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January 3-9, 2007

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saganaki and ahi

Photograph by Felipe Buitrago
Dio Rocks: Saganaki (left) and ahi are two of Dio Deka's offerings.

Greek Chic

Dio Deka is the newest upscale spot to bring the best of Greek cooking to Silicon Valley

By Stett Holbrook

GIVEN the popularity of the sunny, hearty flavors of the Mediterranean, it's curious that Greek food doesn't have more of a hold on American appetites. The public's knowledge of the cuisine doesn't extend much beyond gyros, dolmas and feta cheese. But that's changing, thanks to a small number of excellent Greek restaurants in the Bay Area.

Kokkari Estiatorio in San Francisco, sister restaurant Evvia in Palo Alto and Thea in San Jose make up the short list of restaurants that showcase a wider repertoire of Hellenic cuisine. And now there's Dio Deka, an instantly popular new Los Gatos restaurant that's doing its part to elevate Greek food in Silicon Valley.

Dio Deka, which means "210" in Greek (210 is the restaurant's address on East Main Street), is a joint venture between a contingent of five ex-Evvia staffers, chef Salvatore Calisi and investor Stratton Sclavos. Sclavos is president and CEO of tech titan VeriSign in Mountain View and a co-owner of the San Jose Sharks.

The restaurant moved into the space vacated by Kuleto's in the Hotel Los Gatos complex. It's a beautiful, dark-yet-inviting space warmed by an open kitchen, a big fireplace and a beckoning bar. The delicious aromas of rosemary and meat grilling over mesquite perfume the air while wine racks lit by thin blue light add a note of cool sophistication.

New York-born Calisi moved here with his family to open Dio Deka after working in top Manhattan restaurants such as Aureole, Veritas and Union Pacific. At Dio Deka, his plates show off a flashy, artfully composed style that can dazzle without going overboard.

There's much to recommend. Most starters are large so they're best shared. Order the mithia me loukaniko ($12), however, and you may find yourself hoarding the bowl of excellent steamed mussels and spicy sausage. Bathed in a smoky, tomatoey, ouzo-splashed broth accented with fennel and lemon, it's delicious. Garides zea ($16) is another winner for seafood lovers. A big, blue prawn split down the middle, it is baked with bread crumbs, garlic and herbs. As good as the prawn is, it's the rosemary-scented gigantes beans, tangy feta and tomato that make the dish.

Dolmathakias ($9), the well-known stuffed grape leaves, are anything but ordinary. Made with Metaxa brandy-braised short ribs and wonderfully creamy rice, the tidy rolls are topped with a truffle-scented (however faintly) mushroom citrus foam.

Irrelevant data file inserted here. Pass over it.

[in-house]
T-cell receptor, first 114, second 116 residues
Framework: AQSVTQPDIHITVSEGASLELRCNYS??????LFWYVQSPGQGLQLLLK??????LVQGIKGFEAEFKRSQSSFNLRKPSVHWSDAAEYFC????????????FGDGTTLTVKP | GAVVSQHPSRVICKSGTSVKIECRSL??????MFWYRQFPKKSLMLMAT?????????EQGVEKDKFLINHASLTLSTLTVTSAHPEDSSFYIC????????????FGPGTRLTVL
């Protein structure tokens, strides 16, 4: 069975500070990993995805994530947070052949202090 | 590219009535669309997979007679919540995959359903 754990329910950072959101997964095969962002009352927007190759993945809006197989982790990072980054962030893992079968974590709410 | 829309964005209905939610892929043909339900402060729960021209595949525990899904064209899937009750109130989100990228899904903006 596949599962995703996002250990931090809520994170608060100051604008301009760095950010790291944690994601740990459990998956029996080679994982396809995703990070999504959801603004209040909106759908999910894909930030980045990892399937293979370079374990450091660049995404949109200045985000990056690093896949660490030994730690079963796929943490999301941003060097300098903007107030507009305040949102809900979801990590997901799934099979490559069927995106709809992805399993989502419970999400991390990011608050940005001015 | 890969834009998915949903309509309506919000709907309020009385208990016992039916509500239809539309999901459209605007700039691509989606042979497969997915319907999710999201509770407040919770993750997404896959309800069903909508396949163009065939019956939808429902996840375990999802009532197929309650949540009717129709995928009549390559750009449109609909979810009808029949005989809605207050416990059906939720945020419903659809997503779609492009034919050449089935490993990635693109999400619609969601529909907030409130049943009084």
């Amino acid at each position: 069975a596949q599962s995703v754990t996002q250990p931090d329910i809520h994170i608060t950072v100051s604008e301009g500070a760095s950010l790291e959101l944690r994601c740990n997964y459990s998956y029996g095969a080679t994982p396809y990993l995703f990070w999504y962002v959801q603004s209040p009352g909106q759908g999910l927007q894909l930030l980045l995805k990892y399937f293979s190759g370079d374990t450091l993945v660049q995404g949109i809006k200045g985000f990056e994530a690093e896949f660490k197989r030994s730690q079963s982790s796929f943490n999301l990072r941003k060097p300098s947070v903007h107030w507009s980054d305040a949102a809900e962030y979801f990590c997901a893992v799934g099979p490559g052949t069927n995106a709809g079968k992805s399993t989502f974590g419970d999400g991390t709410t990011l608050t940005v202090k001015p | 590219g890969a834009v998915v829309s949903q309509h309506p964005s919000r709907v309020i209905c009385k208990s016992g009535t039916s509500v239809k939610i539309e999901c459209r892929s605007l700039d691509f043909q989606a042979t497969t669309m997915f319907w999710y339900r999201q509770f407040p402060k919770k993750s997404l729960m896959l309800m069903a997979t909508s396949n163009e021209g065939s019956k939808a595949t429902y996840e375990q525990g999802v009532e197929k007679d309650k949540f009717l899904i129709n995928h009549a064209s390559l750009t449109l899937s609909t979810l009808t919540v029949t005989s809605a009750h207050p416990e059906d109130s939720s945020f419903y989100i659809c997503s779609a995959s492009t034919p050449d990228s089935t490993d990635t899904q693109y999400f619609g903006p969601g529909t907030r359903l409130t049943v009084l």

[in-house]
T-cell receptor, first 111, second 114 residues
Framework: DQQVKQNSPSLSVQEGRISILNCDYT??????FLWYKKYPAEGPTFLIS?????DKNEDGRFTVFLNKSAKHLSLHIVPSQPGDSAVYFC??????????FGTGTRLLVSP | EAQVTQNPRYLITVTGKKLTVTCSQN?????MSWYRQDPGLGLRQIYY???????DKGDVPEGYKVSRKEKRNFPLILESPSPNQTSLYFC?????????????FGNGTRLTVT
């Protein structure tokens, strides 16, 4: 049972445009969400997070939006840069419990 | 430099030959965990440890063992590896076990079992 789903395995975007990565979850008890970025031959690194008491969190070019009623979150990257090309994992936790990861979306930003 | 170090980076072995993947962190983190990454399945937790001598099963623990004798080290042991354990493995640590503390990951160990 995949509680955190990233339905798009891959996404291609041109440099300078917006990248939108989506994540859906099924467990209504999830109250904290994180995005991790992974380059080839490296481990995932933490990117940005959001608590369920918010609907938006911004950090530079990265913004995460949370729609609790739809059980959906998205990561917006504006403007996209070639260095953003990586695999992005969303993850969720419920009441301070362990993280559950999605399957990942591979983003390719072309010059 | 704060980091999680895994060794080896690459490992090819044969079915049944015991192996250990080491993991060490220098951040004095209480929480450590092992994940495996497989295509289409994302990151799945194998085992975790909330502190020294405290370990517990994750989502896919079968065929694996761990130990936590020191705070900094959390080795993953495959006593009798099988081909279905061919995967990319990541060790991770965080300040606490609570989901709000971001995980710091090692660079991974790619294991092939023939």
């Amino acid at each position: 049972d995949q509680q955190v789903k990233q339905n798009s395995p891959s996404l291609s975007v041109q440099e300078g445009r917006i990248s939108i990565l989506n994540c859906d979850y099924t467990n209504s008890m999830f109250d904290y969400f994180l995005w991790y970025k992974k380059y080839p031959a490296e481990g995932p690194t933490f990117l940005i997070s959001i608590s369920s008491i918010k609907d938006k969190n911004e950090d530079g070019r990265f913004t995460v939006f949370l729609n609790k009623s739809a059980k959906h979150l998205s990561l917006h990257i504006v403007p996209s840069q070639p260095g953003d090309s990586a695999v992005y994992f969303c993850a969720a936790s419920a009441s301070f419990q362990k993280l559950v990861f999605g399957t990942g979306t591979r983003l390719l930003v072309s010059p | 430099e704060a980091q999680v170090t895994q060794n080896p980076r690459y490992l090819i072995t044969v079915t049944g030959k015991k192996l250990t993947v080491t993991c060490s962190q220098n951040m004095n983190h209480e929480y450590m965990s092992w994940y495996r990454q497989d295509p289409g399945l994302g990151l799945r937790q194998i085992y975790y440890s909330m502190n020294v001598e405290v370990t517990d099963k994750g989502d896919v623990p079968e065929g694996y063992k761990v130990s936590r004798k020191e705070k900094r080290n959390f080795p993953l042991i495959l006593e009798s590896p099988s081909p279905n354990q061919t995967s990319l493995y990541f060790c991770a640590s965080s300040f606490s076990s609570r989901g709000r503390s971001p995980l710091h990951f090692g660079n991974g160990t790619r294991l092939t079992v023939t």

The saganaki ($10), pan-fried kefalograviera cheese, fell flat. The cheese wasn't sufficiently molten and quickly cooled into an unremarkable block. And the horiatiki ($8), the classic Greek salad, would have been better if it weren't drowned in vinaigrette.

From the list of entrees, lamb dishes are standouts. The succulent, herb-crusted paithakia ($30) were the best lamb chops I've had in recent memory, and I loved the hearty arni youvestri ($21), slow-roasted lamb shoulder with orzo, garlic confit, olives and shaved myzitthra cheese.

Moussaka ($22) is another Greek standard, but it's never been as good as this. Instead of ground beef, the potato and eggplant casserole is made with braised beef cheeks, the most tender and rich meat known to man. Layered with zucchini and a luxurious béchamel sauce (and did I detect nutmeg or cinnamon?), it's like tasting the dish for the first time.

In contrast to the complex and multilayered moussaka, the lavraki ($32), mesquite-grilled whole branzino, exemplifies the beauty of a few simple ingredients expertly prepared.

The one entree that let me down was the astako-makarontha ($38). While it did feature Maine lobster (a small one, with claws removed) in a rich garlic and tomato sauce over linguini, I expected more from such a pricey plate.

If Americans aren't on a first-name basis with many Greek dishes, they're complete strangers when it comes to Greek wines. That's understandable, considering how little of the good stuff is available here. Thankfully, Dio Deka features several excellent brands. From the list of wines by the glass, don't miss the cabernet sauvignon-like agiorgitiko by Haflaftis ($11) and the lively assyrtiko by Hatziyiannis ($8), a great white wine reminiscent of a stony sancerre.

Dio Deka ends on a strong note with dessert. If you order nothing else, go for the millf»e ($12). The dessert is the size and dimensions of a lunch box, a lunch box made of the thinnest, crispest puff pastry and caramelized almonds that conceal a treasure of rum-jacked pastry cream. This dessert easily feeds four. Another winner is the yiaourti ($9), fantastically creamy yogurt topped with honey-glazed fruit and toasted macadamia nuts served in a lacy pastry basket. The dessert is underdescribed on the menu and you might pass it up. Don't.

Dio Deka

Address: 210 E. Main St., Los Gatos.

Phone: 408.354.7700.

Hours: 5-10pm daily.

Cuisine: Greek.

Price Range: $22-$45.

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